UNITED STATES DISTRICT COURT SOUTHERN DISTRICT OF NEW YORK
May 14, 2010
HSH NORDBANK AG NEW YORK BRANCH, AS ADMINISTRATIVE AGENT FOR ITSELF AND CERTAIN LENDERS, PLAINTIFF,
MICHAEL SWERDLOW, BRIAN STREET, AND JAMES COHEN, DEFENDANTS.
The opinion of the court was delivered by: Denise Cote, District Judge
MEMORANDUM OPINION & ORDER
This action concerns the liability of three guarantors of a loan agreement between a consortium of lenders, for which plaintiff HSH Nordbank AG New York Branch ("plaintiff") served as administrative agent, and a real estate development entity previously controlled by the guarantors. On November 23, 2009, summary judgment was granted to plaintiff. See HSH Nordbank AG New York Branch v. Swerdlow, 672 F. Supp. 2d 409 (S.D.N.Y. 2009).*fn1 On March 26, 2010, judgment was entered against the guarantors, defendants Michael Swerdlow, Brian Street, and James Cohen ("defendants"), in the amount of $75,623,164.62 (the "Judgment"). Defendants are jointly and severally liable for the entire amount of the Judgment.
On April 13, plaintiff moved for an order pursuant to 28 U.S.C. § 1963 to register the Judgment in the United States District Court for the Southern District of Florida. On April 19, defendants filed a notice of appeal from the Judgment. On April 29, defendants filed their opposition to plaintiff's motion pursuant to 28 U.S.C. § 1963. The motion became fully submitted on May 6.
28 U.S.C. § 1963 provides that "[a] judgment in an action for the recovery of money or property entered in any... district court" may be registered for enforcement in another judicial district "when the judgment has become final by appeal or expiration of the time for appeal or when ordered by the court that entered the judgment for good cause shown." (emphasis added.) "'Good cause' is established upon a mere showing that the party against whom the judgment has been entered has substantial property in the other foreign district and insufficient property in the rendering district to satisfy the judgment.'" Owen v. Soundview Fin. Group, Inc., 71 F. Supp. 2d 278, 279 (S.D.N.Y. 1999) (citation omitted). A court may rely on affidavits and other documentary evidence in order to determine whether good cause has been shown. See, e.g., id.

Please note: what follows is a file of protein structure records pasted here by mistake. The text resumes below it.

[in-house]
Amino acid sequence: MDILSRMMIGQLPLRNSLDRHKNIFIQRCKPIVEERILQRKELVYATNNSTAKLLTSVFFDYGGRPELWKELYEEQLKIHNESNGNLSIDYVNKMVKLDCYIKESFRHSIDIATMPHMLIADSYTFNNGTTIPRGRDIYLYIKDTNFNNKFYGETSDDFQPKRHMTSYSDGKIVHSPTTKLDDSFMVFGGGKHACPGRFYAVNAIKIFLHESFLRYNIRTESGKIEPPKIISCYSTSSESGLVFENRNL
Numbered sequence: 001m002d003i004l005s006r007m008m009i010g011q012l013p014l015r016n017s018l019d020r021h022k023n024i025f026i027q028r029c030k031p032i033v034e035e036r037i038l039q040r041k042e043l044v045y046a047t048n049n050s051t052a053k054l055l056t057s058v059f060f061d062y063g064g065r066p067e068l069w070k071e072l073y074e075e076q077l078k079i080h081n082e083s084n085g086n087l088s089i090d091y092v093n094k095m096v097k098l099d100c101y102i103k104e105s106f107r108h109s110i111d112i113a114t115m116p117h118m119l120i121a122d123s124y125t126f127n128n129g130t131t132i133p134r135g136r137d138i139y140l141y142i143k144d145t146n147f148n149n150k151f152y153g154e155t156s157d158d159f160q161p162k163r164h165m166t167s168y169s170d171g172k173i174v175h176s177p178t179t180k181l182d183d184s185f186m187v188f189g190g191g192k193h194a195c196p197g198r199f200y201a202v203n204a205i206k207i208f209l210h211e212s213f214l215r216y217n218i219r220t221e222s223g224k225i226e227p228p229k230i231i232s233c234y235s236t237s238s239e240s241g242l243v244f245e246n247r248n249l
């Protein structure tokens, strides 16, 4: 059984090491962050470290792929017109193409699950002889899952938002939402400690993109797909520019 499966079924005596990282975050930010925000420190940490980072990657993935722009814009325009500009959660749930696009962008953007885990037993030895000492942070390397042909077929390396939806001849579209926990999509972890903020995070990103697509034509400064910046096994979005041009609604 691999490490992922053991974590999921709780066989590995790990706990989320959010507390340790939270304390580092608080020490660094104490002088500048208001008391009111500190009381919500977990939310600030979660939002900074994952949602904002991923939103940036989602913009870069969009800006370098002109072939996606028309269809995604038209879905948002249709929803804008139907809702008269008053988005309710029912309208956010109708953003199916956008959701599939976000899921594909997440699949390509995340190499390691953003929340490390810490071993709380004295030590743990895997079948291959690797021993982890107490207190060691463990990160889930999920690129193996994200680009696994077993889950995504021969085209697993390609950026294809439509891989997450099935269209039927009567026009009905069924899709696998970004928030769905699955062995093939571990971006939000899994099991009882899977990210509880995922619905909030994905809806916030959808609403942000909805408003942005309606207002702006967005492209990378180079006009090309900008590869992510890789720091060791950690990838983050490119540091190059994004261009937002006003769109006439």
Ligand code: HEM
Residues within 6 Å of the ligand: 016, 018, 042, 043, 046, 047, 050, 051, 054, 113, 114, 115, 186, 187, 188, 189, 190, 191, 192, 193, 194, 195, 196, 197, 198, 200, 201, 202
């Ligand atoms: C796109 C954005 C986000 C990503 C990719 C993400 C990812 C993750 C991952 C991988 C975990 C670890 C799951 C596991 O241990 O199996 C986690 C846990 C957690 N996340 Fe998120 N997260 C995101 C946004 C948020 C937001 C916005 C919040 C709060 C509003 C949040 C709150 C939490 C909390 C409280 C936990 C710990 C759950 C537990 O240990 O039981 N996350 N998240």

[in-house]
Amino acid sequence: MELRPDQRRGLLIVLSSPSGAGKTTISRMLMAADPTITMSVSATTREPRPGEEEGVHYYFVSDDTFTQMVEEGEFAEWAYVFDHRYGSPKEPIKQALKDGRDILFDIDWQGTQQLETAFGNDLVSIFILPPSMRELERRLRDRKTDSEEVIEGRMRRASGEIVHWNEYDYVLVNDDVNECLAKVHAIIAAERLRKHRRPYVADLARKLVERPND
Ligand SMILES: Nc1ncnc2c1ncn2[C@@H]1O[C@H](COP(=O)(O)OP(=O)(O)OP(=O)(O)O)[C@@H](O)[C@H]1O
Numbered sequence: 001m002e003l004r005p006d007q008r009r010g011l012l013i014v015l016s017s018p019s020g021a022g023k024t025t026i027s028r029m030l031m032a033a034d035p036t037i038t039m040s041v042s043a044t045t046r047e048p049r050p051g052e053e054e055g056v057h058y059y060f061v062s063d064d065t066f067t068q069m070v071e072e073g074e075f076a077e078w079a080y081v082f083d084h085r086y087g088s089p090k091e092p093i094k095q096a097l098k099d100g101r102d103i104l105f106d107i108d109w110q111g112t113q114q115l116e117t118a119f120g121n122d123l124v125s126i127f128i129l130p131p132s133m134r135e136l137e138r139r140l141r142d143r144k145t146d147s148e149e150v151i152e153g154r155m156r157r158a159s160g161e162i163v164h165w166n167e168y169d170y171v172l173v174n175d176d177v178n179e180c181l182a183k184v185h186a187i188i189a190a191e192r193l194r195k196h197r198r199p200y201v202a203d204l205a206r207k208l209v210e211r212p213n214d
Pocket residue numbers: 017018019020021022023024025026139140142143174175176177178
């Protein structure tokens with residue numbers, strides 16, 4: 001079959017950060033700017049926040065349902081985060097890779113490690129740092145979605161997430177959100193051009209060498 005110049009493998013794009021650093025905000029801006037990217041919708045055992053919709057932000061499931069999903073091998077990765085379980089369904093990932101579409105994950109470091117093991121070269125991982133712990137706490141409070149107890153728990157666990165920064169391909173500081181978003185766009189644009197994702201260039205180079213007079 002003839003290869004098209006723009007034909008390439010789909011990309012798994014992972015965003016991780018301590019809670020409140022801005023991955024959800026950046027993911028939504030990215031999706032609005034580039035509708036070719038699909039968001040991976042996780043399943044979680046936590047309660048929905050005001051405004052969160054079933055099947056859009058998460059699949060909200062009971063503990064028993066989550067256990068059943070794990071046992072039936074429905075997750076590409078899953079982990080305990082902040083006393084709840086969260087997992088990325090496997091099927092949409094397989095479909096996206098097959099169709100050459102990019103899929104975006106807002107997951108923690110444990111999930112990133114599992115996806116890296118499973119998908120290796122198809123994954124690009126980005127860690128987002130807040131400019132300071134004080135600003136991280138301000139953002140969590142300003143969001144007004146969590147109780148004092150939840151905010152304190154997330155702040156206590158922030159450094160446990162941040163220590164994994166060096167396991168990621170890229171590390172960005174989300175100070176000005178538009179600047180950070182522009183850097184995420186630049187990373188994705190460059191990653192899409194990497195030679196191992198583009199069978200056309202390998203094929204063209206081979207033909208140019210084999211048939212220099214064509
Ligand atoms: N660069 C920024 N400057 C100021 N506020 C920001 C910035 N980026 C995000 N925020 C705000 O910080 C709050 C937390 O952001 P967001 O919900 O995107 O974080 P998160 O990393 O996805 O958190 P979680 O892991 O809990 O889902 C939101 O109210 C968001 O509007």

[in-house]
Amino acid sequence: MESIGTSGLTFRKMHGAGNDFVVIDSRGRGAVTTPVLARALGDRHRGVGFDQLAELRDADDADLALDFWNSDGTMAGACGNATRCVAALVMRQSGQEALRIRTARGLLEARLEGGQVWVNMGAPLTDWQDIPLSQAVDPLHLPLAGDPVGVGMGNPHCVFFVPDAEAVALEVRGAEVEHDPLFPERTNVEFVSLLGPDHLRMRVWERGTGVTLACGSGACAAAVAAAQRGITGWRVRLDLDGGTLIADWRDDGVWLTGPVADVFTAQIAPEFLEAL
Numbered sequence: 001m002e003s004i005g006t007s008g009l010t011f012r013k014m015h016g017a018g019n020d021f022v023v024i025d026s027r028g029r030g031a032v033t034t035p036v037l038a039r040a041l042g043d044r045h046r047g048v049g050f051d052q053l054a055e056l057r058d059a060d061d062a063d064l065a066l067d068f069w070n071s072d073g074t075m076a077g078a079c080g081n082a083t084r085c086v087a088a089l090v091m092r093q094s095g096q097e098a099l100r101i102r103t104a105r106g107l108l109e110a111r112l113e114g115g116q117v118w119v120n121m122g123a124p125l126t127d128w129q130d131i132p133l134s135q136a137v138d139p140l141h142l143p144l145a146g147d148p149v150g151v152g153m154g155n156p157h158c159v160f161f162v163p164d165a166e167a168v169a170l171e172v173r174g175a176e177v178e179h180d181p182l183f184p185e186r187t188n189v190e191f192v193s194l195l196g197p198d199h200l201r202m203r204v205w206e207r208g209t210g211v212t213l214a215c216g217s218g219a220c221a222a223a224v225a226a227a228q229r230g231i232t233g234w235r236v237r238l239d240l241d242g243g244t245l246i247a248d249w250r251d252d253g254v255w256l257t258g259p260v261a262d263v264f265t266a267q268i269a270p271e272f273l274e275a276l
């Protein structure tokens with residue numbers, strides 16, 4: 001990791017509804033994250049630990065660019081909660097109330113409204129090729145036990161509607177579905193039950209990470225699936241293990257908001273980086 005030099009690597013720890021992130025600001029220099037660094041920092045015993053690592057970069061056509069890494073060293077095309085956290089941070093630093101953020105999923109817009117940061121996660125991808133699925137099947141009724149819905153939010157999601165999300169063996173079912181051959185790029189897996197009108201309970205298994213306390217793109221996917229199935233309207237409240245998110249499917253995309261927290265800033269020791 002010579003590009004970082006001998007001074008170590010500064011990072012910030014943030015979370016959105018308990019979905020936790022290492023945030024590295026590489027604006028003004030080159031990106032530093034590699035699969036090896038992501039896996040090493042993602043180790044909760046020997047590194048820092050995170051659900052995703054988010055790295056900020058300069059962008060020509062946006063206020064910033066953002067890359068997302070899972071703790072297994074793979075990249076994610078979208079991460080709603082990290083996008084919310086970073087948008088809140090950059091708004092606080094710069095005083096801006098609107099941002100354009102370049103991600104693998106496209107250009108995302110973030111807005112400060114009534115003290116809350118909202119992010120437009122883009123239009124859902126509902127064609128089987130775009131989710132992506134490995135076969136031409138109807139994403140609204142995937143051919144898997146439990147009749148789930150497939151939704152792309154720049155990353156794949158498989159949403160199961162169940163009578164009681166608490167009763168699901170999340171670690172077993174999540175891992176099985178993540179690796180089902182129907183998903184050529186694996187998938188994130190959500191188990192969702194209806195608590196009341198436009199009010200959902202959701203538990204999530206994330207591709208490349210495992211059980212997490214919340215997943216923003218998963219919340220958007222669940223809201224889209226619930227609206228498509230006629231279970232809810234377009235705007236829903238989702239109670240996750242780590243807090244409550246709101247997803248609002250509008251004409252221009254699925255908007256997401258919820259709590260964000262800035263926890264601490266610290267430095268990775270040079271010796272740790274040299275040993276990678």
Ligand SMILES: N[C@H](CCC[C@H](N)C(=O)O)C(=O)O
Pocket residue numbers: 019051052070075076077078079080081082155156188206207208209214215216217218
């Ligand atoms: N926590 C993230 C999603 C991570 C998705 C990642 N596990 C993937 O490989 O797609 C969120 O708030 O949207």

Plaintiff has submitted sufficient evidence to demonstrate "good cause." An asset search performed by plaintiff revealed that each of the defendants has real property and personal assets located in Florida and few, if any, assets located in New York. In addition, plaintiff has submitted defendants' own deposition testimony showing that they own property in Florida. Tellingly, defendants have not submitted sworn affidavits or any other evidence to controvert plaintiff's evidence that: (1) defendants lack assets sufficient to satisfy the Judgment in New York; and (2) defendants have substantial assets in Florida. Plaintiff has therefore met its burden of showing that there is "good cause" to register the Judgment in Florida.
Defendants' primary objection to plaintiff's motion is that plaintiff has yet to foreclose on its collateral under the loan agreement. As was found previously, however, "[u]nder the Guaranties, the defendants waived any requirement that [plaintiff] 'exhaust any right or take any action against Borrower or any other person or entity or any collaterai' prior to seeking payment from the Guarantors." See HSH Nordbank, 2010 WL 1141142, at *4 (emphasis added). Defendants also complain that plaintiff submitted its evidence concerning defendants' assets through the affidavit of its attorney. Defendants do not, however, dispute plaintiff's counsel's factual assertions concerning their lack of assets in New York and the availability of assets in Florida. Defendants' objections are thus without merit.
Plaintiff's April 13 motion for an order pursuant to 28 U.S.C. § 1963 to register the March 26, 2010 Judgment in the United States District Court for the Southern District of Florida is granted.